While it may not come as a particular surprise considering the climate created by the pandemic, nearly a third of respondents (28%) report that they feel safer in their homes when compared with years past, potentially indicating a new uneasiness that comes with being in public places while COVID-19 is still an active concern in most parts of the country and the world.

The survey also aimed to gauge the attitudes of seniors in relation to the employment of their homes’ equity to solve retirement financing challenges. Using a ranked choice response system, the survey gave seven different options that a senior might employ to make ends meet in retirement: asking for a mortgage forbearance; accessing home equity; selling investments; refinancing an existing mortgage; creating an emergency fund; filing income taxes; or simply not using any strategy at all.

Using home equity came in as the fifth-likeliest strategy a senior would use. The top four choices among respondents were asking for a mortgage forbearance; creating an emergency fund; refinancing an existing mortgage; and selling investments. These results seemingly indicate that a perennial issue afflicting the reverse mortgage product category – and home equity tapping in retirement more generally – remains education and awareness of the particular options available.

“[M]ost seniors still don’t realize that their home could be the solution for their financial needs and give them the peace of mind they are searching for,” the company says in its survey results. “While the survey shows that many seniors are planning to work longer and look for alternative ways to increase cash flow, many could easily achieve a sustainable lifestyle by utilizing the home equity they have built over the years.”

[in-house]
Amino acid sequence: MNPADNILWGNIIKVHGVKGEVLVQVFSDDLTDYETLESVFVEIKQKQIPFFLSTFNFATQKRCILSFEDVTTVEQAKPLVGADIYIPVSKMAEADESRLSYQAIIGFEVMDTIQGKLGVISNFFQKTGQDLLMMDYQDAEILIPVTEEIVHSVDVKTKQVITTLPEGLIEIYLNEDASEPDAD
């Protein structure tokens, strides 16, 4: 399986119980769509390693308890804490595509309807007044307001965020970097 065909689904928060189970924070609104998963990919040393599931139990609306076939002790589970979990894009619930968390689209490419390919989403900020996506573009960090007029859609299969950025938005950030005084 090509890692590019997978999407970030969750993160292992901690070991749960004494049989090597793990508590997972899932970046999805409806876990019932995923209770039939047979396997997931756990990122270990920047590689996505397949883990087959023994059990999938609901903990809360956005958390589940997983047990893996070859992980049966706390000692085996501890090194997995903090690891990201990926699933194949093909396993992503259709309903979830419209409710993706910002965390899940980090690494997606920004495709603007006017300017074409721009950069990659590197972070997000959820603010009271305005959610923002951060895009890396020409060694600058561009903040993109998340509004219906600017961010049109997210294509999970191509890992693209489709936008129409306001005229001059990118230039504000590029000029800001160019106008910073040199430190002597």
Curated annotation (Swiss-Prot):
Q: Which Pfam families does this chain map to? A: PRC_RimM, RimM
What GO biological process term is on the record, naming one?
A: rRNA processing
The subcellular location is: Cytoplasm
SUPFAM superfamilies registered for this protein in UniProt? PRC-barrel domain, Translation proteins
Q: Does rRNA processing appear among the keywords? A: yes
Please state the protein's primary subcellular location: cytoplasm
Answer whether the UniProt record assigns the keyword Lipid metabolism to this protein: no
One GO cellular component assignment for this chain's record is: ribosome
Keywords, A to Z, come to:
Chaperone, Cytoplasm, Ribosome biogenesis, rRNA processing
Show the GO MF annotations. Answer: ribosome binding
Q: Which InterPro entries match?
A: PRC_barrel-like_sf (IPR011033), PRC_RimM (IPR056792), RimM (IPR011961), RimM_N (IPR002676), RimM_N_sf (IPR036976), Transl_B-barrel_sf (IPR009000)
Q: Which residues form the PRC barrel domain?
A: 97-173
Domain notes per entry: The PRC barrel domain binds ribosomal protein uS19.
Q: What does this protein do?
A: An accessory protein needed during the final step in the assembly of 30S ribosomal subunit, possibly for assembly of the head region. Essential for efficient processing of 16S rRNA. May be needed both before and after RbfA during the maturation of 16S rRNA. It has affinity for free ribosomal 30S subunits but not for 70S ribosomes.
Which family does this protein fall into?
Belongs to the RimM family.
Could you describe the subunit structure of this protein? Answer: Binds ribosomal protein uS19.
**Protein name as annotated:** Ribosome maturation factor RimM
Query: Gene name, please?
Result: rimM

What the survey can tell the reverse mortgage industry

The pandemic has created a new level of urgency for reverse mortgage lenders to understand how the impact of all the social and economic change has affected the industry’s primary demographic, and the survey helps to get AAG closer to that understanding. This is according to Martin Lenoir, chief marketing officer at AAG.

“This study showed us that not only are seniors still recovering from last year, but that they have a different outlook on the importance of their home,” he says. “This may be the perfect time for them to bridge the gap and utilize their home equity to regain the peace of mind they had in years past.”

Some of the results of the survey bear out predictions made by AAG Founder and CEO Reza Jahangiri in a December episode of The RMD Podcast, where he discussed ways in which the COVID-19 pandemic could have an effect on the desires of seniors to remain in their homes.

“I think COVID is acting as an accelerant to an already existing trend of people wanting to age in place,” Jahangiri said in the podcast. “People want to live in their homes, they want to utilize things like in-home care. As we know right now, seniors don’t want to be susceptible to the pathogen and be out in a senior living and nursing home-type environment, even more than before.”

Read the results of AAG’s 2020 post-retirement survey.